Silverlight 2 Page Switching

Silverlight 2 represents a giant leap forward for developers of Rich Internet Applications (RIAs); the ability for .NET developers to leverage their programming skills in the wide variety of languages supported by the .NET framework permits for a wide degree of flexibility in application development. However, as with all new techniques there are shortcomings and areas that need extra work from developers.  One area within Silverlight 2 that falls into this category is page switching.

Jesse Liberty has a great two part tutorial on switching pages effectively in Silverlight: Part 1, Part 2.  However, this method has a rather serious design flaw: it fails to reuse the interface when switching.  This means that if I have two pages with the same interface, I am essentially recreating the interface for each page.  While I can certainly encapsulate static portions in user controls, the fact remains that I am still reloading these each time.

Building on Jesse’s tutorial I took things one step further and allowed the user to Switch pages in content area similar to how things are handled with ASP .NET Master Pages.  This technique combines the effectiveness of Jesse’s switching method with a more modular design.  This technique, however, pales in comparison to the flexibility offered in the Silverlight 3 Navigation Framework, which should be used exclusively once available.

To begin you will at least four pages, as shown below:2009-06-23_1130

In this case we are using Page.xaml as the main page that will  host the others, thus we define a new instance of Page.xaml as the RootVisual in App.xaml.cs.  The Page.xaml XAML markup looks like this:

2009-06-23_1133

Notice the two areas I have marked:

  1: xmlns:local="clr-namespace:TransitionApplication"
  2: 
  3: <local:Switcher x:Name="Switcher" Height="110" Width="300"
  4:                 HorizontalAlignment="Center" VerticalAlignment="Center" />

In this code we are simply creating a reference back to our application and including a user control called Switcher into the application markup.  The code for switcher is rather unique as it does not contain any markup, this is intentional.  Basically we will use Switcher to load other pages into the given content area. The code-behind for Switcher looks like such:

   1:  public partial class Switcher : UserControl
   2:  {
   3:       public Switcher()
   4:       {
   5:           InitializeComponent();
   6:   
   7:           if (Content == null)
   8:           {
   9:                Content = new Page1();
  10:           }
  11:       }
  12:       
  13:       public void Navigate(UserControl ucControl)
  14:       {
  15:            Content = ucControl;
  16:       }
  17:  }

The purpose of this code is to provide a means for the parent page to navigate to new pages via the Navigate method.  By default we will load Page1 into the application when it is first started.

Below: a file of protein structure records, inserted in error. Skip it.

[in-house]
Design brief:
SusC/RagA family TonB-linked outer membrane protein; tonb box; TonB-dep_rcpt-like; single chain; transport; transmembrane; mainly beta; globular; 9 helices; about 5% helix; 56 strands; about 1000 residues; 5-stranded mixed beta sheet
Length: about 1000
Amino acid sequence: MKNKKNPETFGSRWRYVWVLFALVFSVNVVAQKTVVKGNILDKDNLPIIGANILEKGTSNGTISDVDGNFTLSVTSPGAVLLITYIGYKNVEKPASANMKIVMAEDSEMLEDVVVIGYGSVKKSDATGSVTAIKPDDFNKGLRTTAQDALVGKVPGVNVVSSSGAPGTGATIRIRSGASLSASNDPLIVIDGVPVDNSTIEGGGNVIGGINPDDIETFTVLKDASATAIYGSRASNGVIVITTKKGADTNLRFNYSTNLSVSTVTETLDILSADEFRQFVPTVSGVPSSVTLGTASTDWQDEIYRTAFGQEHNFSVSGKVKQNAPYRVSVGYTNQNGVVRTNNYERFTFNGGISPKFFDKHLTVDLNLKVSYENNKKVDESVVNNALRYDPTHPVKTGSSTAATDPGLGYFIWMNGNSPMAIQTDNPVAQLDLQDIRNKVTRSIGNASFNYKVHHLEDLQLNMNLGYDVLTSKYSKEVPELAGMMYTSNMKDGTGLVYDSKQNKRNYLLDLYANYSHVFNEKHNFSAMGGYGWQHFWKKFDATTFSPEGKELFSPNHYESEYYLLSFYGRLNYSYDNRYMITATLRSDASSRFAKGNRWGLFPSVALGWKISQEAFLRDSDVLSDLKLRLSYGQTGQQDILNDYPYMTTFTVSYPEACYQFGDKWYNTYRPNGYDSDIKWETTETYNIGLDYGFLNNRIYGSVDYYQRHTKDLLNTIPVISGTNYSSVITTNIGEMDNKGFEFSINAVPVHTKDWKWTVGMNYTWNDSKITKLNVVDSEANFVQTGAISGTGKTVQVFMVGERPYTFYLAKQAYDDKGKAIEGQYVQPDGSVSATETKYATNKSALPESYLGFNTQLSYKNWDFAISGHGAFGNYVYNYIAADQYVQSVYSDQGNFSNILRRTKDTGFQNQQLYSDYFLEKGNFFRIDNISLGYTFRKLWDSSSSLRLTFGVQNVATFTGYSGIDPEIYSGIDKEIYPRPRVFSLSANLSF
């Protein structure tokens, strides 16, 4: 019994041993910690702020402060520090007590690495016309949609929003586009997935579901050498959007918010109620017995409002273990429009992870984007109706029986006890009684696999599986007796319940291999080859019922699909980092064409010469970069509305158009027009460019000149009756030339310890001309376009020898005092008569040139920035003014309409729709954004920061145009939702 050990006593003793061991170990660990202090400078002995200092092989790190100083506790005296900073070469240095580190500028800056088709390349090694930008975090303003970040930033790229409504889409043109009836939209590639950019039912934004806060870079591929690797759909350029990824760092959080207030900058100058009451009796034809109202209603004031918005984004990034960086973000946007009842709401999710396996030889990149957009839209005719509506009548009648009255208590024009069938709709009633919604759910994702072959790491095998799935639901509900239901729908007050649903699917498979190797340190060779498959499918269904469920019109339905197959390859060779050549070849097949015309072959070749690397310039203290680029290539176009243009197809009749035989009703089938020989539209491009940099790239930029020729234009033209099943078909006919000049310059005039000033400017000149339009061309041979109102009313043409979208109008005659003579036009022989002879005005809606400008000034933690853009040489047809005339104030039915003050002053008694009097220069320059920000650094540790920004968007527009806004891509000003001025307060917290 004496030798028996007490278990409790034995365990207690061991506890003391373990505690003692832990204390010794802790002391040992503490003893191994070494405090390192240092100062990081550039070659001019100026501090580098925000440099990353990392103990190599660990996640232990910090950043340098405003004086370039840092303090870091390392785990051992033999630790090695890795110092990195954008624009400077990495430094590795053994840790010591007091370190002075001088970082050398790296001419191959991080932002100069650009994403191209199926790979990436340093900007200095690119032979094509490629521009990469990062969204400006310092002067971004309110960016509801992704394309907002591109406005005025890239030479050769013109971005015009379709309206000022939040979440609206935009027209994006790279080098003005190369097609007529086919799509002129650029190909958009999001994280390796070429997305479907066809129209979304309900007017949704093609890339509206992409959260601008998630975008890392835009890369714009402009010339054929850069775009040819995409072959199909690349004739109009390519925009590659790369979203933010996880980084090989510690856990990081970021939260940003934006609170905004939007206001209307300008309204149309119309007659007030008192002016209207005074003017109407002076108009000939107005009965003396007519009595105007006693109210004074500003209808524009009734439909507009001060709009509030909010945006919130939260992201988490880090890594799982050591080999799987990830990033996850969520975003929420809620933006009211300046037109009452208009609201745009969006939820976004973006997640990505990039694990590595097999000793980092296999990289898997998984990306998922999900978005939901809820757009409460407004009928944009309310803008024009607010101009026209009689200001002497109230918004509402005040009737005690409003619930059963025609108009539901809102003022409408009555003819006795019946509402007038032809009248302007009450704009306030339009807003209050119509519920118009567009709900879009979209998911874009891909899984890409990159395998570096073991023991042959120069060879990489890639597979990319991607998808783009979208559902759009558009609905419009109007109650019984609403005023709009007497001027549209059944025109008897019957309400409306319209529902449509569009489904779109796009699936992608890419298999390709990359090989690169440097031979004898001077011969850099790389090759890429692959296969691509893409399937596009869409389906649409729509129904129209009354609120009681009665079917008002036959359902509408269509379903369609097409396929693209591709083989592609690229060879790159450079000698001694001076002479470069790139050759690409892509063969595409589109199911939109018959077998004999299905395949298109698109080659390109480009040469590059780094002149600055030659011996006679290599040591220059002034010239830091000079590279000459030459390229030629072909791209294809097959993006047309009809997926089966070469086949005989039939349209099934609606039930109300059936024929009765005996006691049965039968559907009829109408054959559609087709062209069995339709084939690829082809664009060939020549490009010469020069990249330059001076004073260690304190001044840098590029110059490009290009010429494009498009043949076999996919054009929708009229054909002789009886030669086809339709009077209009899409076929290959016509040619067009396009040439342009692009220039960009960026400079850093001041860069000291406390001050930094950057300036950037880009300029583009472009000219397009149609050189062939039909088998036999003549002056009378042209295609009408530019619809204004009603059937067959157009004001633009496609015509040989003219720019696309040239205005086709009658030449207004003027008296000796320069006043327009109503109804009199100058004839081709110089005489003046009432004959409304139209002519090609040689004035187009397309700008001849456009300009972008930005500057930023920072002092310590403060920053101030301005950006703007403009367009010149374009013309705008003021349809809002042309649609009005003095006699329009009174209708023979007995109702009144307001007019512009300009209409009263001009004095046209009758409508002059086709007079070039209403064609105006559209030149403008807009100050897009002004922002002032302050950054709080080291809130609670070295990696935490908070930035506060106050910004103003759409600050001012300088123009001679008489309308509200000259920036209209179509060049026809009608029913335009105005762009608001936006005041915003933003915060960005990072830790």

From this point, our event handlers in the main page will suffice to perform the switch, an example is provided below, this is from Page.xaml.cs:
.csharpcode, .csharpcode pre
{
font-size: small;
color: black;
font-family: consolas, “Courier New”, courier, monospace;
background-color: #ffffff;
/*white-space: pre;*/
}
.csharpcode pre { margin: 0em; }
.csharpcode .rem { color: #008000; }
.csharpcode .kwrd { color: #0000ff; }
.csharpcode .str { color: #006080; }
.csharpcode .op { color: #0000c0; }
.csharpcode .preproc { color: #cc6633; }
.csharpcode .asp { background-color: #ffff00; }
.csharpcode .html { color: #800000; }
.csharpcode .attr { color: #ff0000; }
.csharpcode .alt
{
background-color: #f4f4f4;
width: 100%;
margin: 0em;
}
.csharpcode .lnum { color: #606060; }

   1:  public partial class Page : UserControl
   2:  {
   3:       public Page()
   4:       {
   5:            InitializeComponent();
   6:       }
   7:   
   8:       private void Button1_Click(object sender, RoutedEventArgs e)
   9:       {
  10:            Switcher.Navigate(new Page1());
  11:       }
  12:   
  13:       private void Button2_Click(object sender, RoutedEventArgs e)
  14:       {
  15:            Switcher.Navigate(new Page2());
  16:       }
  17:  }

This is pretty simple, each button set the Content of the Switcher to the respective page.  Of course this is a simple example, but you can get an idea of how this could could work in a larger application.
.csharpcode, .csharpcode pre
{
font-size: small;
color: black;
font-family: consolas, “Courier New”, courier, monospace;
background-color: #ffffff;
/*white-space: pre;*/
}
.csharpcode pre { margin: 0em; }
.csharpcode .rem { color: #008000; }
.csharpcode .kwrd { color: #0000ff; }
.csharpcode .str { color: #006080; }
.csharpcode .op { color: #0000c0; }
.csharpcode .preproc { color: #cc6633; }
.csharpcode .asp { background-color: #ffff00; }
.csharpcode .html { color: #800000; }
.csharpcode .attr { color: #ff0000; }
.csharpcode .alt
{
background-color: #f4f4f4;
width: 100%;
margin: 0em;
}
.csharpcode .lnum { color: #606060; }

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